Brazil might be even more bonkers for blondes: their top female celebrity, a combination Oprah and Madonna who calls herself XuXu, is virulently Swedish-looking. That XuXu used to be an item with Brazil's top male celebrity, black soccer god Pele, reminds us that this blonde woman-dark man pattern is highly visible in black-white relationships. In the U.S., 72% of black-white marriages consist of a black husband and a white wife, and in the U.K. 65%. And the great majority of the white wives seem to be blondes of one sort or another. Blacks themselves tend to idolize lighter women (Halle Berry, Vanessa Williams) and darker men (Michael Jordan, Wesley Snipes).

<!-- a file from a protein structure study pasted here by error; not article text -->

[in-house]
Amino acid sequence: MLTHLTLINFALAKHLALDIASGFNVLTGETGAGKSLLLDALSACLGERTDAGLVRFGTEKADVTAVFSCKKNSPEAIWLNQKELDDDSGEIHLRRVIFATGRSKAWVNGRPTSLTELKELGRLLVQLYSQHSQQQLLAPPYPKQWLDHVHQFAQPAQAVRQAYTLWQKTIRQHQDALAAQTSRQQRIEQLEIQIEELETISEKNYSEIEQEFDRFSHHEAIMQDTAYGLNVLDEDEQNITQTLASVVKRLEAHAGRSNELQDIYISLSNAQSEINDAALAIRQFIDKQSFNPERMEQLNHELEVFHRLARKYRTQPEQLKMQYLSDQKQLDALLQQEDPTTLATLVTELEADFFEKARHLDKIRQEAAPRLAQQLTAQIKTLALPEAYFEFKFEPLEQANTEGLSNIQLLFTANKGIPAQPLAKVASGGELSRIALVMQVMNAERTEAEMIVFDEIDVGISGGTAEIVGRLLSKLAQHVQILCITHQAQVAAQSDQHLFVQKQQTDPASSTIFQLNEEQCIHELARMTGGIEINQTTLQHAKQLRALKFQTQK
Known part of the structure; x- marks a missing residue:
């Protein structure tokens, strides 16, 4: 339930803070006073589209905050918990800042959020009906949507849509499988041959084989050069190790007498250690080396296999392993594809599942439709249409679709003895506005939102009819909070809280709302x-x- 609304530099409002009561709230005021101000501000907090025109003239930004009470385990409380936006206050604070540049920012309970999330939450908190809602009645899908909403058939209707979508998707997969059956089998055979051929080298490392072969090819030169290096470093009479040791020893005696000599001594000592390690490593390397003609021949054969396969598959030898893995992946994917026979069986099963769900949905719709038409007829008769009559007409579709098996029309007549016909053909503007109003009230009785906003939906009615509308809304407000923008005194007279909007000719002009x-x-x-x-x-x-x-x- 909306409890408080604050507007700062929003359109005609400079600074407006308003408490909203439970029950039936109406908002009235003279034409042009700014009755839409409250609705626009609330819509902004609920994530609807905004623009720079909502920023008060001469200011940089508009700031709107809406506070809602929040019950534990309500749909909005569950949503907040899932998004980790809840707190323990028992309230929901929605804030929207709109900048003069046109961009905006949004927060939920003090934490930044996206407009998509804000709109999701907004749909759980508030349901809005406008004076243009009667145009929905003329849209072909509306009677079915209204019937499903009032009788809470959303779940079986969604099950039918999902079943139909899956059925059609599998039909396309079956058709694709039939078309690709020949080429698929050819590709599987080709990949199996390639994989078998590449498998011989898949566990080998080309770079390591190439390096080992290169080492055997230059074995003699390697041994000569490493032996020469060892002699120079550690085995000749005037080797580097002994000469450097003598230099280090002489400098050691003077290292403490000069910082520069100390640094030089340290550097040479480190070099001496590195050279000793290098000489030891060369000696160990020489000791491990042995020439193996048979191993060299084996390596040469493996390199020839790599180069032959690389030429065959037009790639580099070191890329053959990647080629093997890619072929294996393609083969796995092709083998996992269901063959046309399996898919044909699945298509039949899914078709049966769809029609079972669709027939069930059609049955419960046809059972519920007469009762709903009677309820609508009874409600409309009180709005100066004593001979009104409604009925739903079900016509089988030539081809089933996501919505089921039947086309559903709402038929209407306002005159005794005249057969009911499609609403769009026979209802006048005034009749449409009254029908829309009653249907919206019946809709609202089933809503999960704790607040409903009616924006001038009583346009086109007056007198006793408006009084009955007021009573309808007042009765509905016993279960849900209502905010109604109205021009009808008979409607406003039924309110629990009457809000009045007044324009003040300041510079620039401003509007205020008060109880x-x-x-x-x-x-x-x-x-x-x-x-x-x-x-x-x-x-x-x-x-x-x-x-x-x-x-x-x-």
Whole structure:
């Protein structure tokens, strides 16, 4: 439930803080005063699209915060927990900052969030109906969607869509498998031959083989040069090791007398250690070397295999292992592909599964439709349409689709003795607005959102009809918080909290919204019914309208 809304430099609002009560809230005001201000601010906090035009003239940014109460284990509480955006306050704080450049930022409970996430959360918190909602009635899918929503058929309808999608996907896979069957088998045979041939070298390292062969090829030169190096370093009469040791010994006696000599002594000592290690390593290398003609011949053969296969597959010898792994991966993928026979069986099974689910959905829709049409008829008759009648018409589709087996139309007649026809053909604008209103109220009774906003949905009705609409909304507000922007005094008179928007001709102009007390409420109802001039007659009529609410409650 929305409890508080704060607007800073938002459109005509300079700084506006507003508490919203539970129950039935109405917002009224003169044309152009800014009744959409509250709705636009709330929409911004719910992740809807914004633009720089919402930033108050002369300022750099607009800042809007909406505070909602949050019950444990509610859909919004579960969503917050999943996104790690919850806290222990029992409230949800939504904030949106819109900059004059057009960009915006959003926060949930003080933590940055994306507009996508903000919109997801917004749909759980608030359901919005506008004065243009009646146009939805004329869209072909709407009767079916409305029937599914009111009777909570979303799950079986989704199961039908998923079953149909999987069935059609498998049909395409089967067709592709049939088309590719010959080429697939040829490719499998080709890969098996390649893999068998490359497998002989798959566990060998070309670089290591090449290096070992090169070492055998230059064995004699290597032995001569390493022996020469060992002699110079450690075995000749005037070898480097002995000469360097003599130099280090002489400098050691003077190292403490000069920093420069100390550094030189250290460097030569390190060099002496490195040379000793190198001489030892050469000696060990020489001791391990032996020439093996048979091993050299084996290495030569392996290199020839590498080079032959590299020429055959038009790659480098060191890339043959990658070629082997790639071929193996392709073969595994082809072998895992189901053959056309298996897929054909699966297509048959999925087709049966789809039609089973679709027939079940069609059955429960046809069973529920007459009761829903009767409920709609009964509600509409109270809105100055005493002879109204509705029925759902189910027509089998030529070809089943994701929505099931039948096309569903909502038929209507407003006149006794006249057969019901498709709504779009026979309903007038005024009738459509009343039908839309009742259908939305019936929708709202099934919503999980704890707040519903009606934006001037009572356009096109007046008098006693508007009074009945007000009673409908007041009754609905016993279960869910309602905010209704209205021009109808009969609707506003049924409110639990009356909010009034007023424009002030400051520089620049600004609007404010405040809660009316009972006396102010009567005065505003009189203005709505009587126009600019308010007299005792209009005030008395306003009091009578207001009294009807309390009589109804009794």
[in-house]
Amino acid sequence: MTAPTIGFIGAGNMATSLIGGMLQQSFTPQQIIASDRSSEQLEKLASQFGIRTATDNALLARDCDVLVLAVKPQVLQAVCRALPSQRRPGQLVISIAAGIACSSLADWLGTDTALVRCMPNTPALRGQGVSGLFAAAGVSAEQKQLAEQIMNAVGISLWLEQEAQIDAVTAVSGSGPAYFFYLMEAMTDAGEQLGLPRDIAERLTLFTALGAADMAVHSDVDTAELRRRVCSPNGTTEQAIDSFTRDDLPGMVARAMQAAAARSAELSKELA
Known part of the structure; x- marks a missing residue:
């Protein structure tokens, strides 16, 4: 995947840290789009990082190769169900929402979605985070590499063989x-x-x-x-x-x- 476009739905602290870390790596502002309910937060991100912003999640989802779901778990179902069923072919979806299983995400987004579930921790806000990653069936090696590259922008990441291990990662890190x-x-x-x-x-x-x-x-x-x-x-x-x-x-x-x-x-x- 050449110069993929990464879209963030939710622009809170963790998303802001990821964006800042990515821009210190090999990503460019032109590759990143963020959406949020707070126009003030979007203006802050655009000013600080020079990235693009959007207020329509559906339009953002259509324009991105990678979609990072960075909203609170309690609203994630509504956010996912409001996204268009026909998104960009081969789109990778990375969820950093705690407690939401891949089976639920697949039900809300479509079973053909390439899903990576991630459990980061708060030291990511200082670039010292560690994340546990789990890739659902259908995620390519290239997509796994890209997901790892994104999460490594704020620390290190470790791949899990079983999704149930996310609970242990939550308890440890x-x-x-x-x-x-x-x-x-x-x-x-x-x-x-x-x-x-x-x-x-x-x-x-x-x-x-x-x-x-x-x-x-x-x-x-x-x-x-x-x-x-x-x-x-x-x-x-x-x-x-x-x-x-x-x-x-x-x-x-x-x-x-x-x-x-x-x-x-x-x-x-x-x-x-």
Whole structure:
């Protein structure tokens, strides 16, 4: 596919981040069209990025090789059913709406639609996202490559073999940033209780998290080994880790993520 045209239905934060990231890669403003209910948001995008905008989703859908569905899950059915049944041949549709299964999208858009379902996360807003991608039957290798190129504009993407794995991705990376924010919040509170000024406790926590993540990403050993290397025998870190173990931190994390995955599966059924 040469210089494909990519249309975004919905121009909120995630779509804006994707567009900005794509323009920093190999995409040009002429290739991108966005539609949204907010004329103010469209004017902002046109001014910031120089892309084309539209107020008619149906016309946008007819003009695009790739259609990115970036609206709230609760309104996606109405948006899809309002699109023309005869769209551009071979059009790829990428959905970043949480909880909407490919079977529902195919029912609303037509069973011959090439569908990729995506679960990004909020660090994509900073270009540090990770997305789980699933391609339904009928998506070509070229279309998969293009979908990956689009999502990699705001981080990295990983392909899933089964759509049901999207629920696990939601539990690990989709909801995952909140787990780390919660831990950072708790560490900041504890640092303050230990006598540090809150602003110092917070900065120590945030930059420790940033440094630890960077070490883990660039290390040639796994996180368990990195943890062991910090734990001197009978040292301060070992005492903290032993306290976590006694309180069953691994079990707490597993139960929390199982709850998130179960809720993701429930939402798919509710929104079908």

Fortunately, an explanation has been offered by physical anthropologist Peter Frost of Université Laval in Quebec. The reason women were traditionally called "the fair sex" is because, all else being equal, they really are fairer. "Although about only a tenth of the difference separating blacks from whites, there does exist a perceptible dissimilarity in pigmentation between men and women. Male skin has more melanin and hemoglobin than does female skin, i.e., men are browner and ruddier; women, paler." In our modern multi-racial societies, we can't consciously remember that skin color is not just a sign of ethnicity, but also a secondary sexual characteristic. Subconsciously, though, we still associate lighter coloration with femininity.